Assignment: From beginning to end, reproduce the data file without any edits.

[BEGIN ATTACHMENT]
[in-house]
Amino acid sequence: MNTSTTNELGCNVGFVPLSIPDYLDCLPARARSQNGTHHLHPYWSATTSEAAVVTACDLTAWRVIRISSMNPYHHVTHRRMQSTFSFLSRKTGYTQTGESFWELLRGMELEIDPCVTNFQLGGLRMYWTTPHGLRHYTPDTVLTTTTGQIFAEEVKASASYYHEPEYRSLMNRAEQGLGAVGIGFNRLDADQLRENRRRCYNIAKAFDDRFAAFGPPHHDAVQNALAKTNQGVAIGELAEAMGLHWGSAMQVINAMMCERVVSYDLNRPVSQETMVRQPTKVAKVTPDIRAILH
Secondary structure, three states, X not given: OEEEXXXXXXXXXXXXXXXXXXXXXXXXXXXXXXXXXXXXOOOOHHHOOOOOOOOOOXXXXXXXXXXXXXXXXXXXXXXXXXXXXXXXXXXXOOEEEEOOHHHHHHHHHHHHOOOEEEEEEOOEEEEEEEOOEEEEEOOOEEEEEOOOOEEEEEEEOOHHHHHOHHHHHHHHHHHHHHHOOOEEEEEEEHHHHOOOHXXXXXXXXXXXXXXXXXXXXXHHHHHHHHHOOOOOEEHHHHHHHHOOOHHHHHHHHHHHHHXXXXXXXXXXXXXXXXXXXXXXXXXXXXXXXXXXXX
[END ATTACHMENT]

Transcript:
[in-house]
Amino acid sequence: MNTSTTNELGCNVGFVPLSIPDYLDCLPARARSQNGTHHLHPYWSATTSEAAVVTACDLTAWRVIRISSMNPYHHVTHRRMQSTFSFLSRKTGYTQTGESFWELLRGMELEIDPCVTNFQLGGLRMYWTTPHGLRHYTPDTVLTTTTGQIFAEEVKASASYYHEPEYRSLMNRAEQGLGAVGIGFNRLDADQLRENRRRCYNIAKAFDDRFAAFGPPHHDAVQNALAKTNQGVAIGELAEAMGLHWGSAMQVINAMMCERVVSYDLNRPVSQETMVRQPTKVAKVTPDIRAILH
Secondary structure, three states, X not given: OEEEXXXXXXXXXXXXXXXXXXXXXXXXXXXXXXXXXXXXOOOOHHHOOOOOOOOOOXXXXXXXXXXXXXXXXXXXXXXXXXXXXXXXXXXXOOEEEEOOHHHHHHHHHHHHOOOEEEEEEOOEEEEEEEOOEEEEEOOOEEEEEOOOOEEEEEEEOOHHHHHOHHHHHHHHHHHHHHHOOOEEEEEEEHHHHOOOHXXXXXXXXXXXXXXXXXXXXXHHHHHHHHHOOOOOEEHHHHHHHHOOOHHHHHHHHHHHHHXXXXXXXXXXXXXXXXXXXXXXXXXXXXXXXXXXXX